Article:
We speak to Occupational Therapist, Rebecca Karo

Sensory Processing in Sensational Kids

Does your child walk on their toes? Is your child sensitive to sound and light? Does it seem like your child can’t sit still?

It may be that your child experiences what is known as Sensory Processing Disorder.

We spoke to one of our amazing Occupational Therapists at Irabina Autism Services, Rebecca Karo, to learn more about sensory processing in children.

Occupational Therapy incorporates sensory processing as an area of consideration when assessing and developing a therapy plan, as it impacts children who are and who are not on the Autism Spectrum.

What is Sensory Processing?

Sensory Processing is a term that refers to the way the nervous system receives sensory messages and turns them into responses. It’s a neurological process – we receive information from our sensory receptors and it’s then sent to the brain to process, organise and plan an appropriate response.

In children with a sensory processing disorder the processing of this information from the sensory receptors is disrupted and the response elicited is not deemed appropriate for the situation. It may be over responsive, or under responsive, or they may not actually feel the sensation altogether.

Sensory integration is the ability to organise sensory information for use… that enables man to interact effectively with the environment” – Dr. Jean Ayres.

When we have a disruption in that processing is when we see children not being able to appropriately respond to their environment.

Why is Sensory Processing so important?

The way we receive information about the world around us (our sensory processing ability) are the foundations to how we learn and develop.

Our senses include the five you’re likely most familiar with (sight, smell, taste, sound and touch) and three internal senses: body position, movement/balance and interoception, which is how we monitor things like hunger, pain, thirst, temperature and so on.

All of our senses are essential to supporting development, and they need to function together. For example in order to climb a ladder we need to be able to see and feel the rungs (sight and touch), we need to know where our body and hands are in relation to the rungs (body position) and we need to be able to adjust our balance to successfully reach for the next rung on the ladder (movement/balance).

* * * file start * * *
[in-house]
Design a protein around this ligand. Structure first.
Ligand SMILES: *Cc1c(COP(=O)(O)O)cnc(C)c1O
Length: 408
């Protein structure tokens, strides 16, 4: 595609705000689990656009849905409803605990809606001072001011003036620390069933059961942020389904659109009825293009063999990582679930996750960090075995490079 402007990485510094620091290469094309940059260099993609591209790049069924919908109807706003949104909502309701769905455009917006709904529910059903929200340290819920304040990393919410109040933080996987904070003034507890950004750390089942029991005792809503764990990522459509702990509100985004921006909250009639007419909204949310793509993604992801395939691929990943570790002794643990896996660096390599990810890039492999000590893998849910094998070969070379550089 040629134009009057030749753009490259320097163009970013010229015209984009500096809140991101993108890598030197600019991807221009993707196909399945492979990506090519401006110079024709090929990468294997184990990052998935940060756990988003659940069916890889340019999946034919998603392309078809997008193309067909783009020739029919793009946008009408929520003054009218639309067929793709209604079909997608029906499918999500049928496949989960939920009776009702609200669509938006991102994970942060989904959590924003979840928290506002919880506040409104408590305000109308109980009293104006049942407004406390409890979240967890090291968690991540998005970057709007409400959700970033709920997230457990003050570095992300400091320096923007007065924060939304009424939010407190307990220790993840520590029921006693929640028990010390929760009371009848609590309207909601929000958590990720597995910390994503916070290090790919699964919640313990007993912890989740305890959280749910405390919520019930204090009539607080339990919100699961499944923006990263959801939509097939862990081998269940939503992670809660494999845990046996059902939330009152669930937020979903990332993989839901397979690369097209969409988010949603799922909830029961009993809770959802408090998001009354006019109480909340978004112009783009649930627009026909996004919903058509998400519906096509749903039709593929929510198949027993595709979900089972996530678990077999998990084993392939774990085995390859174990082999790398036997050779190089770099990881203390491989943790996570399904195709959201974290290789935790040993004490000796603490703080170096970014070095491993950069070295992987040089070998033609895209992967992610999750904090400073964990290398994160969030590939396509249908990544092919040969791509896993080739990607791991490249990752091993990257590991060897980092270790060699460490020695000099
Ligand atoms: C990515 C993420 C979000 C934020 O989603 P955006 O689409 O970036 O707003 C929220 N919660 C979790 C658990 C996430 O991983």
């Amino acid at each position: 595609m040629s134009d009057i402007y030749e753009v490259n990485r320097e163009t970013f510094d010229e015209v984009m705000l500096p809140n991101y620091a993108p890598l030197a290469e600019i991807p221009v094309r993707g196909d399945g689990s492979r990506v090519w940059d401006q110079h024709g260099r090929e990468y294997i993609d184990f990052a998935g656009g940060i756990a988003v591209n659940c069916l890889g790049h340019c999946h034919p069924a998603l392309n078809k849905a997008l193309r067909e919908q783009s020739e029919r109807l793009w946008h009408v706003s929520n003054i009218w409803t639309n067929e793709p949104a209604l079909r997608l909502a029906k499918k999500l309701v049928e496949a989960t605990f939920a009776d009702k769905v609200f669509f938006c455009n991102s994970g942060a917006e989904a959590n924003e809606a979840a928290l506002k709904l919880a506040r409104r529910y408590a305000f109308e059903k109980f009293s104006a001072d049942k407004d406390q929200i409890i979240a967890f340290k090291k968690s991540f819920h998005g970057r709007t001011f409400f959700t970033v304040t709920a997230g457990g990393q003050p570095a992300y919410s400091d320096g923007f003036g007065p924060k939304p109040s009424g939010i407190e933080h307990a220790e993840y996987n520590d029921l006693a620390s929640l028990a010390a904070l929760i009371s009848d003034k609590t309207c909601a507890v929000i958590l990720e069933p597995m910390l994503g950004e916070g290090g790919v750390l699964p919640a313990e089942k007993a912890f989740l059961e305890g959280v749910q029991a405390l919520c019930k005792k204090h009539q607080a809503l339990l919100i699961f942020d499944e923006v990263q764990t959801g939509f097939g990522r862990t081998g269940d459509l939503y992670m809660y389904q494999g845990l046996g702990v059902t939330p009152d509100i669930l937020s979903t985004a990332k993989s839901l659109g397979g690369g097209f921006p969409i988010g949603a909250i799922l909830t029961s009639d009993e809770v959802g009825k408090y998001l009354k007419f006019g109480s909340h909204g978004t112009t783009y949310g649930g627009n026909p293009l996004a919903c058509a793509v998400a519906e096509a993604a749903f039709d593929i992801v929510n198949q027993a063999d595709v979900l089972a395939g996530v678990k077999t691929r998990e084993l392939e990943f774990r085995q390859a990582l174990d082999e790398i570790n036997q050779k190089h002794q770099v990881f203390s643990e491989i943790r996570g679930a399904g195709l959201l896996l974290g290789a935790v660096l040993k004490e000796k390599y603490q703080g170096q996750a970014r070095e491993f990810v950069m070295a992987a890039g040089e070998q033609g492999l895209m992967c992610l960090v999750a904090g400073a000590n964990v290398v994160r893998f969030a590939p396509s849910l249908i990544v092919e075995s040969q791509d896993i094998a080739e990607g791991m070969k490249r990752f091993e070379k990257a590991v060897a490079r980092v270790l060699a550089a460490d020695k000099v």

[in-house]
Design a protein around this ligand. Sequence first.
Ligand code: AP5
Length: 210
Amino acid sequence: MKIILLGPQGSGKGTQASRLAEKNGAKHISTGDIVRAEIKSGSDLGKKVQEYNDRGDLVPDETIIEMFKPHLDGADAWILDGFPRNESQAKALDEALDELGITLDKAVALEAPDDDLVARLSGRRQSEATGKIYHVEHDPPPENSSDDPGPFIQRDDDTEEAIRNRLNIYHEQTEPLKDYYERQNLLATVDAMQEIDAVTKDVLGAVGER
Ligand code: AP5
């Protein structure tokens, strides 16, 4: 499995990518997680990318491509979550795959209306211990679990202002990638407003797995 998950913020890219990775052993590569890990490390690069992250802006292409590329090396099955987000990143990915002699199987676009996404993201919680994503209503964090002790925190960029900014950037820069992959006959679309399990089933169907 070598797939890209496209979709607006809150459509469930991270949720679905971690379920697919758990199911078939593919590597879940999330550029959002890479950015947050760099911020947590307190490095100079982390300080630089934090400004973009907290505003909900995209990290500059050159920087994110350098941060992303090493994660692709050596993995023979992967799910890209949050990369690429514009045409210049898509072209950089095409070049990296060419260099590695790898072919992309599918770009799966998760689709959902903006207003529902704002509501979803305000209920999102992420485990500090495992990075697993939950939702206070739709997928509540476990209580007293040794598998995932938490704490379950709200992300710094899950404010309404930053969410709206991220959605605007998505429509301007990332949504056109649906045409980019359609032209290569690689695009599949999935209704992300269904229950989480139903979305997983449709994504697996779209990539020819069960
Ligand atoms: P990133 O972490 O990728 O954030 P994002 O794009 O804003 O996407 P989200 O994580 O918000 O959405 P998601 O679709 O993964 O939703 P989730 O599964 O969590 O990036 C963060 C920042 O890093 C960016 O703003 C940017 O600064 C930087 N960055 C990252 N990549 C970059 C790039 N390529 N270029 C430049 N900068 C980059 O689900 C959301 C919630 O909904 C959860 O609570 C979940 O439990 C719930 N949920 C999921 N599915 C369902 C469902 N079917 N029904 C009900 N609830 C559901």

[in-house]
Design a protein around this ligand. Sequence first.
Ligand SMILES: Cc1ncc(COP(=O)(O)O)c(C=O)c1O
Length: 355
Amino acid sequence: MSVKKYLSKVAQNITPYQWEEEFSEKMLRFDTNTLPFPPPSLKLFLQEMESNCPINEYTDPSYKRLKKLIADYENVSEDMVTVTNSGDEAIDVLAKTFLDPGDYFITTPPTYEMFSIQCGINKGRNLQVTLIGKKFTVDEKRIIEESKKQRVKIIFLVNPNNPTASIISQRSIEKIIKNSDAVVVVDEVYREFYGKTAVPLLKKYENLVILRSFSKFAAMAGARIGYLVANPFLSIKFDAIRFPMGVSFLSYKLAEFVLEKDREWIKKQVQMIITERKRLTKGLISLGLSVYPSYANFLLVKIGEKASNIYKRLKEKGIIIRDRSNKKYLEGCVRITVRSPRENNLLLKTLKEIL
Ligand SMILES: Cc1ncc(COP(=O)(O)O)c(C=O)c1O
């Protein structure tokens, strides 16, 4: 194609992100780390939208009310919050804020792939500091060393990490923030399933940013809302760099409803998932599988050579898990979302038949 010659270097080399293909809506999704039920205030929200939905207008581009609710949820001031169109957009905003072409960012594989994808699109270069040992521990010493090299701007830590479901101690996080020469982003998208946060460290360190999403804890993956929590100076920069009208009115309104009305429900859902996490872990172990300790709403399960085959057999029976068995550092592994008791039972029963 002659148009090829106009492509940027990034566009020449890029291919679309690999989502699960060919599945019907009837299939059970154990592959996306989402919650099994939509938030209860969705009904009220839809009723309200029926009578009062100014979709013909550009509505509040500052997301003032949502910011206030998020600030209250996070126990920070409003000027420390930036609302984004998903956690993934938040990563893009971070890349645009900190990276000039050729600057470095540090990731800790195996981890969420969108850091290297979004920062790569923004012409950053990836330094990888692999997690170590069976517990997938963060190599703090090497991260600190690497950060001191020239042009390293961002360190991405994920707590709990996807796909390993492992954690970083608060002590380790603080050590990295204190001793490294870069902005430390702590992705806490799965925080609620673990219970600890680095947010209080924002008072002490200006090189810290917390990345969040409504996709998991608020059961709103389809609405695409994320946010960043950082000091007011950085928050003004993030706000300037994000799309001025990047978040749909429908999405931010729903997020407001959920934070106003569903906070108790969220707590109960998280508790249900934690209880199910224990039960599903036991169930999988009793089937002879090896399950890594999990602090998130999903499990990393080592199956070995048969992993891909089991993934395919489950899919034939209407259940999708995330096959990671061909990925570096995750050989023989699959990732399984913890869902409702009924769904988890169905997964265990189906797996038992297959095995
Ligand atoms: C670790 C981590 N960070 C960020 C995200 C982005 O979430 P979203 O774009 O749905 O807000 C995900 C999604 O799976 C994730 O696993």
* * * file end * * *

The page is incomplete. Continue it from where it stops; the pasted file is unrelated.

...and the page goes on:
Sensory Processing is integral to every facet of our life.

What problems can Sensory Processing difficulties cause?

Sensory processing difficulties can interfere with a range of things, including a child’s ability to attend; develop social, motor, visual and auditory skills; and regulate their behaviour and organise tasks. This can make it difficult for them to play games with friends, accept bright lights or strange/loud sounds, or follow instructions in a classroom.

Sensory processing difficulties can also interfere with a child’s ability to complete self-care skills – they may have trouble brushing their teeth, falling asleep, eating certain foods or going to the toilet.

Children with sensory processing difficulties can struggle to feel comfortable in their environment. Their impaired senses can create anxiety or a sense of panic, and this discomfort will affect their happiness as they’re in a state of flight, fright or freeze.

In extreme circumstances difficulties with Sensory Processing can lead to social exclusion and decrease a child’s awareness of their own safety.

“Sensory Processing is integral to every facet of our life.”

Who is affected by Sensory Processing disorder? Is it just children with Autism?

Any of us can be affected by a sensory processing disorder. Sensory processing is the foundation for human growth and development. Everyone is at risk of a sensory dysfunction unless we’re able to adapt and regulate ourselves in an appropriate manner without intervention.